December 28, 1999
THE VILLAGE OF BLOOMINGDALE, PLAINTIFF-APPELLEE,
JAY R. MELINE, DEFENDANT-APPELLANT.
Appeal from the Circuit Court of Du Page County. No. 98--DT--4883 Honorable Nicholas J. Galasso, Judge, Presiding.
The opinion of the court was delivered by: Justice Rapp
IN THE COURT OF APPEALS OF THE STATE OF ILLINOIS
Defendant, Jay R. Meline, appeals from the trial court's order denying his petition to rescind the statutory summary suspension of his driver's license. Defendant was arrested for driving under the influence of alcohol on December 5, 1998. His license was suspended following a breathalyzer test that revealed a blood-alcohol concentration of 0.15. See 625 ILCS 5/11--501.1, 501.2 (West 1998). On appeal, defendant argues that the trial court's decision to deny his petition was against the manifest weight of the evidence. See People v. Orth, 124 Ill. 2d 326, 341 (1988); People v. Fortney, 297 Ill. App. 3d 79, 88 (1998). We affirm.
In a rescission hearing, the defendant bears the burden of proof, and when he challenges the breathalyzer test result, the defendant must make out a prima facie case that the test is unreliable. If he does so, then the burden shifts to the State to rebut the prima facie case. People v. Graney, 234 Ill. App. 3d 497, 503 (1992). In order to make out a prima facie case, a defendant may present evidence that the breathalyzer test was improperly administered or that there was a failure to comply with the regulations and procedures of the Department of Public Health (Department). People v. Hamilton, 118 Ill. 2d 153, 161 (1987); People v. Miller, 219 Ill. App. 3d 246, 250-51 (1991). Absent compliance, the test result will be deemed invalid and inadmissible. Hamilton, 118 Ill. 2d at 160. Once the defendant presents evidence of noncompliance with the regulations or procedures, he does not have to prove that the test result was in fact affected; rather, the State must produce rebuttal evidence showing that the test was reliable. Graney, 234 Ill. App. 3d at 504-05; Miller, 219 Ill. App. 3d at 251.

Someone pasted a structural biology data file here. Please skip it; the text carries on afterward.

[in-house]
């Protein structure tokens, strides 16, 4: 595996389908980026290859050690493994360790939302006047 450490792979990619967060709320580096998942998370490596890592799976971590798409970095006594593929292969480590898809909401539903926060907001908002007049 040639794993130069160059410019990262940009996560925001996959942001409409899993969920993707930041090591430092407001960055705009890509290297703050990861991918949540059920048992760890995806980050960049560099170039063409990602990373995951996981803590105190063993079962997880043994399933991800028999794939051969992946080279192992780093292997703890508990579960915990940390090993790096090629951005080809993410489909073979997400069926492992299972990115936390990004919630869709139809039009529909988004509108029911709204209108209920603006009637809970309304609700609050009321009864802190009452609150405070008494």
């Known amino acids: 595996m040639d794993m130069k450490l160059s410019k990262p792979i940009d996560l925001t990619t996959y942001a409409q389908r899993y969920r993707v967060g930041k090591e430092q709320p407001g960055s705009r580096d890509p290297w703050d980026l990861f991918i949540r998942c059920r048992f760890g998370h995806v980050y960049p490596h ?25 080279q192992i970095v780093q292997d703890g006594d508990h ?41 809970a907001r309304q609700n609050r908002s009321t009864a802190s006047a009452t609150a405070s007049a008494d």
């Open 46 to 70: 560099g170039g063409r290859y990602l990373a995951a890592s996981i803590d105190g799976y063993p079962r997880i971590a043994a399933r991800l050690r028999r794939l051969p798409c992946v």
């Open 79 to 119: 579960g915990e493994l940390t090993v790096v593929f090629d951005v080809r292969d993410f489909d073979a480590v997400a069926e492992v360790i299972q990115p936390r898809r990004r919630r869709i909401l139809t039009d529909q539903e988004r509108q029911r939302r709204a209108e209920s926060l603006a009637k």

Here, the question is whether the defendant made out a prima facie case that the test was not performed according to an operational procedure approved by the Department based on the manufacturer's recommended testing procedure. 77 Ill. Admin. Code §510.60 (1997). The "Intoximeter 3000 Operator's Manual" states that the "testing room should be free of radio transmitting equipment, including walkie- talkies, and of sources of organic fumes." The officer testified that, while testing defendant on the machine, the officer was in the room and had a walkie-talkie on his person, but the walkie-talkie was turned off.
Defendant argues here, as below, that there was radio transmitting equipment in the room and that the operating procedure was not strictly followed. He contends that the test result is unreliable and inadmissible and that rescission should have been granted. The trial court stated that, in construing the meaning of the procedure, it was applying common sense and would not find that there was a violation of the procedure since the equipment was turned off. The court found nothing to show that the breath test was inaccurate.
The same rules used in the construction of statutes apply when construing regulations promulgated by an administrative agency. People v. Kilpatrick, 216 Ill. App. 3d 875, 881 (1991). Common sense must play a role in the construction of statutes (People v. Burpo, 164 Ill. 2d 261, 267 (1995)); this principle applies to the construction of agency regulations. Regulations must be reasonably construed in light of their purpose and in accordance with their practical application, and they must not be construed so as to render the operation of the law difficult; a court is not bound by a literal reading of the provision where such a reading was clearly not intended. Balmes v. Hiab-Foco, A.B., 105 Ill. App. 3d 572, 574-75 (1982).
We agree with the commonsense, practical interpretation of the procedure given by the trial court. The procedure was intended to avoid the contamination of the test results by radio transmissions. When the equipment is "off" and is not operating, it is reasonable to infer that the equipment is not "transmitting" anything. The court implicitly found that defendant did not make out a prima facie case of noncompliance with the regulation or procedure. Thus, the State did not need to produce rebuttal evidence. We cannot say that the trial court's decision was against the manifest weight of the evidence.
The judgment of the circuit court of Du Page County is affirmed.
McLAREN and THOMAS, JJ., concur.